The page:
News from the DNR Office of Communications

Major Daryl Anthony Receives Edmund Prince Award

Annapolis, Md. (December 6, 2010) — The Maryland Park Service (MPS) recently awarded the Edmund Prince Award to Major Daryl Anthony, the regional manager for central Maryland. MPS Superintendent Nita Settina and Deputy Superintendent Chris Bushman presented Major Anthony with the award at the fall park managers’ meeting held at New Germany State Park on November 18. The award, named for Maryland’s first park ranger, is given to those who distinguish themselves in this role.

“I want to thank Major Daryl Anthony for his dedication to our State parks and congratulate him on this outstanding achievement,” said Governor Martin O’Malley. “With 24 years of excellent service, Major Anthony represents the commitment of all of our Park Rangers to managing and protecting our natural resources for Maryland families.”

He received this prestigious award for his skills in leadership, customer service, teamwork, and his management and administration of State Parks. He has been a role model of living the “Ranger” life as well as an inspiration to countless park visitors.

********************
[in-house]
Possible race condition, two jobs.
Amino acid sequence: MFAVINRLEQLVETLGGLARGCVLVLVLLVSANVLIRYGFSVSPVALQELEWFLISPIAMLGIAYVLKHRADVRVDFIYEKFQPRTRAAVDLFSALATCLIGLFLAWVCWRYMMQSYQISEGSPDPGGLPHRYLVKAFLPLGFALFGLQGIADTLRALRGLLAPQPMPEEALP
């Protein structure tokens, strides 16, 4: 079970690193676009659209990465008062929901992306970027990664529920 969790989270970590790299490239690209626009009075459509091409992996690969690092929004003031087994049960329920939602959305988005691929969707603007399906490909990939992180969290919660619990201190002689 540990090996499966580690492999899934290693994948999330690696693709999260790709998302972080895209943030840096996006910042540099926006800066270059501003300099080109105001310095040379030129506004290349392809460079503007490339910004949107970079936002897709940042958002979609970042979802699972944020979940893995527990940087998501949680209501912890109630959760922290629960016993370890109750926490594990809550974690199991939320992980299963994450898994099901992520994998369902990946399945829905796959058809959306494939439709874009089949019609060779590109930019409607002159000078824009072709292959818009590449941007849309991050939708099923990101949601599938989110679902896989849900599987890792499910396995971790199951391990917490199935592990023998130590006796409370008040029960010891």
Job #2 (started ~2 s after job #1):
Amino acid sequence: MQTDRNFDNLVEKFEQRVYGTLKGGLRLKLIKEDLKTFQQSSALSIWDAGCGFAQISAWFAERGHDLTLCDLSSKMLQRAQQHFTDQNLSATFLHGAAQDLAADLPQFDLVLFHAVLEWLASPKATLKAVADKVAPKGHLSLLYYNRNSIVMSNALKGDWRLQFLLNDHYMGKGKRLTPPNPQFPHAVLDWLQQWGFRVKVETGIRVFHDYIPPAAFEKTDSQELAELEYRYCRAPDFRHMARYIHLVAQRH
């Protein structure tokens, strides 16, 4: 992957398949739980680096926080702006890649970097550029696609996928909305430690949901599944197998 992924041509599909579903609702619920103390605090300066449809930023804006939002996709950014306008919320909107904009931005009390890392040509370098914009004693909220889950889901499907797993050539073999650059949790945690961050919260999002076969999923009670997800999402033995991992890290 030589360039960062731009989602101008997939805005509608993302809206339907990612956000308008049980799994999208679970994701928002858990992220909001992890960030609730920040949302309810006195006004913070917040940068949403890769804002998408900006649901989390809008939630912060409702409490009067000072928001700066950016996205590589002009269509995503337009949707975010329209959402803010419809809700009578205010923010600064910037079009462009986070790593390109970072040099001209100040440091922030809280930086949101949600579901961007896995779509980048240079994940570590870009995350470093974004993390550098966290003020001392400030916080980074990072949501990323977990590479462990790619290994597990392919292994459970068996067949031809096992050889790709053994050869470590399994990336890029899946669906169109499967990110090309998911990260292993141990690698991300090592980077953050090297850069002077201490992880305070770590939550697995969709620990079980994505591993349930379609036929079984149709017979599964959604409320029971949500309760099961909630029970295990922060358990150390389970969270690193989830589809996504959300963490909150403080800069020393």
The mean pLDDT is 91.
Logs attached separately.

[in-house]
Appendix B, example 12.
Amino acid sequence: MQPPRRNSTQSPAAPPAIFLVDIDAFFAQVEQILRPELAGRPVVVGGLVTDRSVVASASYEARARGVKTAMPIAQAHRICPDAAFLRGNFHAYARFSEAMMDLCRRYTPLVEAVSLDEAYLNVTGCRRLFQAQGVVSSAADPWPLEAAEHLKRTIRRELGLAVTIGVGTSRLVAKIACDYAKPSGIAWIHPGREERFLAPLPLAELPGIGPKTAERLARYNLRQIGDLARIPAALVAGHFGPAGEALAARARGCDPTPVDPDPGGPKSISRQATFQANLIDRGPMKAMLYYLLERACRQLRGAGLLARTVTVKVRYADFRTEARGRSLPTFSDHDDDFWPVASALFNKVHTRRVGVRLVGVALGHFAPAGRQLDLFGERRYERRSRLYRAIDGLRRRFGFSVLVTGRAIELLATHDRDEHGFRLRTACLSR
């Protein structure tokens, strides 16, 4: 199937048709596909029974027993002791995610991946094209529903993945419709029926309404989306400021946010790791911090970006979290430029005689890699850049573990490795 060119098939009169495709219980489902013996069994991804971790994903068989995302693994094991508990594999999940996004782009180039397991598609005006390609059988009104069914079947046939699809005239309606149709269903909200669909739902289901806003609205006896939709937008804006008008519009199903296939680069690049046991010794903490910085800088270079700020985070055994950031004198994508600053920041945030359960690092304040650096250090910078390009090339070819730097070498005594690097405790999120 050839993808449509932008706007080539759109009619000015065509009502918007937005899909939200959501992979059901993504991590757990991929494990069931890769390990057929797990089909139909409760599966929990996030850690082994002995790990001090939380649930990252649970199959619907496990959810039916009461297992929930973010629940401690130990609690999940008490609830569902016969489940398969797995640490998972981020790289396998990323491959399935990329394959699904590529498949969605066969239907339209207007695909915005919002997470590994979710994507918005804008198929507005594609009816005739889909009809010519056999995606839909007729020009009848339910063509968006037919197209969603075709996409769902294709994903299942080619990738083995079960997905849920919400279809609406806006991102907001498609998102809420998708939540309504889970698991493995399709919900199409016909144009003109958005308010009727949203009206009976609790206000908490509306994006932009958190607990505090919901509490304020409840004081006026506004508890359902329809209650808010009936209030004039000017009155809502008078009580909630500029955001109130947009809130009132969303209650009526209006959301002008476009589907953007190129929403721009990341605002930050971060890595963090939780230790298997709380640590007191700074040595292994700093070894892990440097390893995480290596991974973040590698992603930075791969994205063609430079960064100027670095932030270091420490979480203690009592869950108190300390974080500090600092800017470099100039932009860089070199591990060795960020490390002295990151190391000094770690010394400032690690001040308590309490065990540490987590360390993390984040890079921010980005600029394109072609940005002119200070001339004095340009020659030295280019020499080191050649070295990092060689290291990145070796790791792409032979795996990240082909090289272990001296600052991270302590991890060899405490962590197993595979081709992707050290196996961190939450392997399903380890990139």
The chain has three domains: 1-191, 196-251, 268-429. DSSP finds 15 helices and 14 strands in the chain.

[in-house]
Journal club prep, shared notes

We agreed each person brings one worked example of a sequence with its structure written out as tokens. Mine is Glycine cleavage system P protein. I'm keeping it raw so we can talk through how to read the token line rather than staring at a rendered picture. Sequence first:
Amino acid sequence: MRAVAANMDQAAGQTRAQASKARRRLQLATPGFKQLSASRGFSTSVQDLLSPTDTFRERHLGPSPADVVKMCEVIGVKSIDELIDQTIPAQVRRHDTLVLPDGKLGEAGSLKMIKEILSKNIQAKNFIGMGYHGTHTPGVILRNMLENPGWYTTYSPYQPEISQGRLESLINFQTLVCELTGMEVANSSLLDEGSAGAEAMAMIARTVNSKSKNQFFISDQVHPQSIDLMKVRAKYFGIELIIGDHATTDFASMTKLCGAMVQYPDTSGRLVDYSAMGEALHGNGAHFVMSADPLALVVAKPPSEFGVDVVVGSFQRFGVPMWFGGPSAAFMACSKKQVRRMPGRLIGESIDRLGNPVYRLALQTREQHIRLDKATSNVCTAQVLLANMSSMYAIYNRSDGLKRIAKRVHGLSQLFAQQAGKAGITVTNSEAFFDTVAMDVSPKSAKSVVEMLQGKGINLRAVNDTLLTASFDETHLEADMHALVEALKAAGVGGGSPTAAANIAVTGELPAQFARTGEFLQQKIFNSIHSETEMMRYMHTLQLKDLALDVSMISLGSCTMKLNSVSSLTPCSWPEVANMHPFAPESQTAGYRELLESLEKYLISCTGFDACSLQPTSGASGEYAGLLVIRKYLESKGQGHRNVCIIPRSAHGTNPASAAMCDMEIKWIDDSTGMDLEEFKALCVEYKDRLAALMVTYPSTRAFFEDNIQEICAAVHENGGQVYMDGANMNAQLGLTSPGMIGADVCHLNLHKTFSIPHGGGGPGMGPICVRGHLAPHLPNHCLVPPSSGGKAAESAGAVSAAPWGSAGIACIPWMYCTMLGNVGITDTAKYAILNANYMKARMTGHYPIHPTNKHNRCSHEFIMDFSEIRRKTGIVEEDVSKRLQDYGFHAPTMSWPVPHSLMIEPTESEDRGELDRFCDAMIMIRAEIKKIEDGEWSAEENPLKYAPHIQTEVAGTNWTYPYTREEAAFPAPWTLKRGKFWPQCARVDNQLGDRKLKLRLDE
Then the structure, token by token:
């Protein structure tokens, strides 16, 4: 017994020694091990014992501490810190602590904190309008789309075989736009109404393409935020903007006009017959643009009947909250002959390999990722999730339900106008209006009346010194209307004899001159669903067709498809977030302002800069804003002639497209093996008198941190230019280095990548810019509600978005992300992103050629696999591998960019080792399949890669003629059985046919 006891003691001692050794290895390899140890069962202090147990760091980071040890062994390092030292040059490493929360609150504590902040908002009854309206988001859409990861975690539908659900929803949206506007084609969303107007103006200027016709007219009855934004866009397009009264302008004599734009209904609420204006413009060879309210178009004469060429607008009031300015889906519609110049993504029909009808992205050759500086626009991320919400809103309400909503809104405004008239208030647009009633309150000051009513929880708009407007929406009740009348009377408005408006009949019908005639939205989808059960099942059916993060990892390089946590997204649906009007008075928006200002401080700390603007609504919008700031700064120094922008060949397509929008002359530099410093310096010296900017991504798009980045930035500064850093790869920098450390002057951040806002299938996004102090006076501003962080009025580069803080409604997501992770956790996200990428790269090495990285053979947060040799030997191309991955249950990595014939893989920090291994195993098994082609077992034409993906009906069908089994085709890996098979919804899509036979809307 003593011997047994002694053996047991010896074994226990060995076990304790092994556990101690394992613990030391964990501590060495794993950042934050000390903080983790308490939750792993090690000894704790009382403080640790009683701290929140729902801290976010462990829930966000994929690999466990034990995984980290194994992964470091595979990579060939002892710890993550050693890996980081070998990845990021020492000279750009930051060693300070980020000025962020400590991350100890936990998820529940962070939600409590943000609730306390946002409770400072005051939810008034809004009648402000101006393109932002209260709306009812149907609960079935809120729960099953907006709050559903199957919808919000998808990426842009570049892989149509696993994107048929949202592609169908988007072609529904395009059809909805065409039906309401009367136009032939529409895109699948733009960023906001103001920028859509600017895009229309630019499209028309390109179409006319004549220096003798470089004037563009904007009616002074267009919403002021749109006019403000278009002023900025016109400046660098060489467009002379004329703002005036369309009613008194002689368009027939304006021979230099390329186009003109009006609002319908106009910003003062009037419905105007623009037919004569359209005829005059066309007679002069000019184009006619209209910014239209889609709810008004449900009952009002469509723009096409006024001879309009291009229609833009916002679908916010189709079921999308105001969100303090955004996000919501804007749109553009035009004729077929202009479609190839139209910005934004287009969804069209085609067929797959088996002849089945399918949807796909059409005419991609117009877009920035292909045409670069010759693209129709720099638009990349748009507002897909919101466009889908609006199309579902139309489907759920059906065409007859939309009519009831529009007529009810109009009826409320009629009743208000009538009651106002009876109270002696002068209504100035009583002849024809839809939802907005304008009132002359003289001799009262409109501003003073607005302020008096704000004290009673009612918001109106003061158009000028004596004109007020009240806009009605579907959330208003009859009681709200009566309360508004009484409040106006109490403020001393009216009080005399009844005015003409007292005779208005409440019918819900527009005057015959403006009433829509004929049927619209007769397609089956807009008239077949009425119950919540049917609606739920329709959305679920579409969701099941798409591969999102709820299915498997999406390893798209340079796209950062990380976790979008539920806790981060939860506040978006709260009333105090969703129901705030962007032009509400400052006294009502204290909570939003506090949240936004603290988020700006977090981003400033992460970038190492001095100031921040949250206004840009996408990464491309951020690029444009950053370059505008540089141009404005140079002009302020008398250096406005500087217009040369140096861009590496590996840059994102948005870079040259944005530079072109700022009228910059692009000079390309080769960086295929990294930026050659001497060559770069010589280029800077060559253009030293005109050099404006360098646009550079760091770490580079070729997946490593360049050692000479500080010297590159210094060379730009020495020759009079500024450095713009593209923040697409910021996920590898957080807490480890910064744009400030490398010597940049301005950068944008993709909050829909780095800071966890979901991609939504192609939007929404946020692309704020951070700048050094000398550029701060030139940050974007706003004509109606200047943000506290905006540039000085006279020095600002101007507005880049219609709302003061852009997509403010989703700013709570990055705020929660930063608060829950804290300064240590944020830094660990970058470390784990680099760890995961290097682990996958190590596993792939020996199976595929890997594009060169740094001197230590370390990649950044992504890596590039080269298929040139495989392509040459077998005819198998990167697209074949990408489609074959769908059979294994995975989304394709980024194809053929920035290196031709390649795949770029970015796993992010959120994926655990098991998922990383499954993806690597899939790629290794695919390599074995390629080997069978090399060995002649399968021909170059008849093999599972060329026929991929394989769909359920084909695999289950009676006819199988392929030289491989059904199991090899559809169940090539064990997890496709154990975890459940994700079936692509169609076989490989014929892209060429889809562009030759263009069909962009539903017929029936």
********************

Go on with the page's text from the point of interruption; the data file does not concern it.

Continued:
Anthony began his career with MPS in 1987 as a ranger at Elk Neck State Park, He has also held positions of Regional Naturalist, Park Manager, Deputy Regional Manager, Southern Regional Manager and is currently the Central Region Manager. Anthony received a bachelor’s degree in Parks and Recreation Management from Frostburg State University. He lives near Columbia, Md. Daryl is an avid outdoorsman and is well known for his mountain biking skills.

The Edmund Prince Award honors those who personify the culture, heritage and proud tradition of MPS, a division of the Department of Natural Resources.
 


   December 6, 2010

Contact: Josh Davidsburg
410-260-8002 office I 410-507-7526 cell
jdavidsburg@dnr.state.md.us

The Maryland Department of Natural Resources is the state agency responsible for providing natural and living resource-related services to citizens and visitors. DNR manages nearly one-half million acres of public lands and 17,000 miles of waterways, along with Maryland's forests, fisheries and wildlife for maximum environmental, economic and quality of life benefits. A national leader in land conservation, DNR-managed parks and natural, historic and cultural resources attract 11 million visitors annually. DNR is the lead agency in Maryland's effort to restore the Chesapeake Bay, the state's number one environmental priority. Learn more at www.dnr.maryland.gov